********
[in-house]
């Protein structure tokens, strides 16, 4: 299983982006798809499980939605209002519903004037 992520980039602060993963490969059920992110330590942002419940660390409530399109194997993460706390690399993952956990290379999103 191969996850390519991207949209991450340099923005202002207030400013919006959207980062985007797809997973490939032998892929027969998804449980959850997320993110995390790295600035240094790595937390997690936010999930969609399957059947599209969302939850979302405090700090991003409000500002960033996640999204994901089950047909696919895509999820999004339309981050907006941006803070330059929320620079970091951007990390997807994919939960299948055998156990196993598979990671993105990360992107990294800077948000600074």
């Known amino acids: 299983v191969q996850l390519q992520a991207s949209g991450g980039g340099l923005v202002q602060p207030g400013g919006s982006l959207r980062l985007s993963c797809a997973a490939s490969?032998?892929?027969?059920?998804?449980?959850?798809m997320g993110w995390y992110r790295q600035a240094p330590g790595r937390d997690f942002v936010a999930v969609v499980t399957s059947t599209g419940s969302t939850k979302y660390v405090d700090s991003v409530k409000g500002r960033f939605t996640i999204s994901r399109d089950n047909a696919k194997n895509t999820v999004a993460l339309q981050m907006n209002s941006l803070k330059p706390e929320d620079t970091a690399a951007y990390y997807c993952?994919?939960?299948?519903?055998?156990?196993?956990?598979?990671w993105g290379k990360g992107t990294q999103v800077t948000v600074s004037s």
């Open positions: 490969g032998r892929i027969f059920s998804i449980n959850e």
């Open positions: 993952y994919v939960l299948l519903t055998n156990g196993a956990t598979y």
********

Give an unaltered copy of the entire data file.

[in-house]
């Protein structure tokens, strides 16, 4: 299983982006798809499980939605209002519903004037 992520980039602060993963490969059920992110330590942002419940660390409530399109194997993460706390690399993952956990290379999103 191969996850390519991207949209991450340099923005202002207030400013919006959207980062985007797809997973490939032998892929027969998804449980959850997320993110995390790295600035240094790595937390997690936010999930969609399957059947599209969302939850979302405090700090991003409000500002960033996640999204994901089950047909696919895509999820999004339309981050907006941006803070330059929320620079970091951007990390997807994919939960299948055998156990196993598979990671993105990360992107990294800077948000600074």
């Known amino acids: 299983v191969q996850l390519q992520a991207s949209g991450g980039g340099l923005v202002q602060p207030g400013g919006s982006l959207r980062l985007s993963c797809a997973a490939s490969?032998?892929?027969?059920?998804?449980?959850?798809m997320g993110w995390y992110r790295q600035a240094p330590g790595r937390d997690f942002v936010a999930v969609v499980t399957s059947t599209g419940s969302t939850k979302y660390v405090d700090s991003v409530k409000g500002r960033f939605t996640i999204s994901r399109d089950n047909a696919k194997n895509t999820v999004a993460l339309q981050m907006n209002s941006l803070k330059p706390e929320d620079t970091a690399a951007y990390y997807c993952?994919?939960?299948?519903?055998?156990?196993?956990?598979?990671w993105g290379k990360g992107t990294q999103v800077t948000v600074s004037s």
């Open positions: 490969g032998r892929i027969f059920s998804i449980n959850e």
């Open positions: 993952y994919v939960l299948l519903t055998n156990g196993a956990t598979y």